It’s time for some real talk about how terrible our profession is at ensuring diversity. We talk the talk, with BigLaw firms hiring “diversity coordinators” and law schools attempting to make efforts to recruit students of color, but we’re failing, and we’re failing hard.
[A]ccording to Bureau of Labor statistics, law is one of the least racially diverse professions in the nation. Eighty-eight percent of lawyers are white. Other careers do better — 81 percent of architects and engineers are white; 78 percent of accountants are white; and 72 percent of physicians and surgeons are white.
One of the biggest problems in addressing this is that we don’t actually think we have a problem. Look what happened when Sam Glover tried to discuss whether there was a diversity problem in solosmall firms. This is true at the BigLaw level as well, where diversity — both in terms of people of color and in terms of advancing the role of women in a profession where they are far less likely to end up at the top — seems to be framed simultaneously as incredibly important but also impossible.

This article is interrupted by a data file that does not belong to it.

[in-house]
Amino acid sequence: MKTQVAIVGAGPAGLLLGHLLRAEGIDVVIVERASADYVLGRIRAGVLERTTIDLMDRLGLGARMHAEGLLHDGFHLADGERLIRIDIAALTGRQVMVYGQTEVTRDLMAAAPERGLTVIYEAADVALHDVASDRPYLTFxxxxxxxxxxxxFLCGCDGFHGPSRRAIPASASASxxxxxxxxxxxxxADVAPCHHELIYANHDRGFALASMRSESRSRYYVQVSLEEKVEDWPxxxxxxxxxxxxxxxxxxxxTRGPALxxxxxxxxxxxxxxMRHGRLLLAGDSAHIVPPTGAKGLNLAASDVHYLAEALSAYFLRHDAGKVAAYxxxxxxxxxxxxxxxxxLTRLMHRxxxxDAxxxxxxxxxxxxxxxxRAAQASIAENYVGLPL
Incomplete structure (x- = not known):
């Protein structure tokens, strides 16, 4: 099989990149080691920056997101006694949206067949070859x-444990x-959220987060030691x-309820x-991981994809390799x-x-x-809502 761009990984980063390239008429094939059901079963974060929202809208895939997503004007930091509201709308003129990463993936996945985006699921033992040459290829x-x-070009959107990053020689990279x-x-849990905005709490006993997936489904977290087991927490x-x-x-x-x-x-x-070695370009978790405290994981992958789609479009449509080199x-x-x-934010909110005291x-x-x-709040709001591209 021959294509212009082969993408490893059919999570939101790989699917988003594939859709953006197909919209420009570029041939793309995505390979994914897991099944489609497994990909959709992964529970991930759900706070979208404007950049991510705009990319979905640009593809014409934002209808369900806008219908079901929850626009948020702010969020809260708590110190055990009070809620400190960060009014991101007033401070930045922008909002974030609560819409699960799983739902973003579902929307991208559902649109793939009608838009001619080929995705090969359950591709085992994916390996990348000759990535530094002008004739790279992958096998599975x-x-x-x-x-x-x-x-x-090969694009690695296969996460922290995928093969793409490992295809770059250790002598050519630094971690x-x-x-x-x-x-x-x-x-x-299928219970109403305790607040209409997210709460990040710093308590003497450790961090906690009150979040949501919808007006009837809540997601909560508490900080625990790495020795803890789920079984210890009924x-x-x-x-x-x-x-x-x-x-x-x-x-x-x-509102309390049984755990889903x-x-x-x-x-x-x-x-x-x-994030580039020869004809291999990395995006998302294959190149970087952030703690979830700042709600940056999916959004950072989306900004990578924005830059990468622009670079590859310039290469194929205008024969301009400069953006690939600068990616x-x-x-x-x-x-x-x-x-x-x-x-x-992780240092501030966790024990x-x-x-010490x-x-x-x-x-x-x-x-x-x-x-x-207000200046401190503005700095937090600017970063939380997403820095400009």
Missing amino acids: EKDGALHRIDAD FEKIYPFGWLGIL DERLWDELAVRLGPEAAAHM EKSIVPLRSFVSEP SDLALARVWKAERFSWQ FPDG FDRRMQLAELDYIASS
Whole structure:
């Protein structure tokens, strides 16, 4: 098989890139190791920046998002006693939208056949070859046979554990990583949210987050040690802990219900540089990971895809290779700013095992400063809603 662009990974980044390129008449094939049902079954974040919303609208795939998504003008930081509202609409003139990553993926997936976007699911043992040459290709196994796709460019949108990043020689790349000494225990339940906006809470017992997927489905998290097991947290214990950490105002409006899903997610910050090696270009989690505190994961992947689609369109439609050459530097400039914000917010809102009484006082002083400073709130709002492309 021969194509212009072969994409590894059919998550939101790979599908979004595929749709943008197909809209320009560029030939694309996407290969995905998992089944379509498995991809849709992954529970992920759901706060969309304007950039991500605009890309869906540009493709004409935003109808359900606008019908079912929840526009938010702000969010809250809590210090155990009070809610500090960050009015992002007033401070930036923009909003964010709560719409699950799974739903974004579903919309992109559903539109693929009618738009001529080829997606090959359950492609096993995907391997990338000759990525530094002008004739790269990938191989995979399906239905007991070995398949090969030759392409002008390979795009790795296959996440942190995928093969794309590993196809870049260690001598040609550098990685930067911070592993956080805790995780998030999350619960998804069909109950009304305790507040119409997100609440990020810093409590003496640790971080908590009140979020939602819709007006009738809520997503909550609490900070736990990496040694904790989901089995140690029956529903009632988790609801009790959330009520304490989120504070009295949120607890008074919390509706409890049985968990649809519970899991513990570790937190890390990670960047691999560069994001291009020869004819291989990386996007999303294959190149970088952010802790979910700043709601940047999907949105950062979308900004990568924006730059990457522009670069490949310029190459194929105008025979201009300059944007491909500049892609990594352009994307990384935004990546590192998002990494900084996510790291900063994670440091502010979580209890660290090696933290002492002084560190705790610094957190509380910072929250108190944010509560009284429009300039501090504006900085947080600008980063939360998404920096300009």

I recently surveyed managing partners of the 100 largest law firms and general counsel of Fortune 100 companies. Virtually all of the 53 participants in the study said diversity was a high priority. But they attributed the under-representation of minorities to the lack of candidates in the pool. And they explained the “woman problem” by citing women’s different choices and disproportionate family responsibilities in the context of a 24/7 workplace. As one managing partner put it, “You have to be realistic. It’s a demanding profession. . . . I don’t claim we’ve figure it out.”
No, you really don’t have it figured out. It’s impossible to overstate the avalanche of statistics that show how much we suck:
- Women account for a third of the profession, but only a fifth of law firm partners and are far less likely to make partner.
- People of color constitute a fifth of the population of law school graduates, but make up less than seven percent of law partners.
- If you give law firm partners a legal memo and tell them a white man wrote it, they will rank it uniformly higher than if they are told a black man wrote it.
We can do better. We have to do better, or we cement ourselves as a profession that has no idea how to serve an increasingly diverse population and, worse still, a profession that, at root, just doesn’t care.
Featured image: “Standing out from the crowd” from Shutterstock.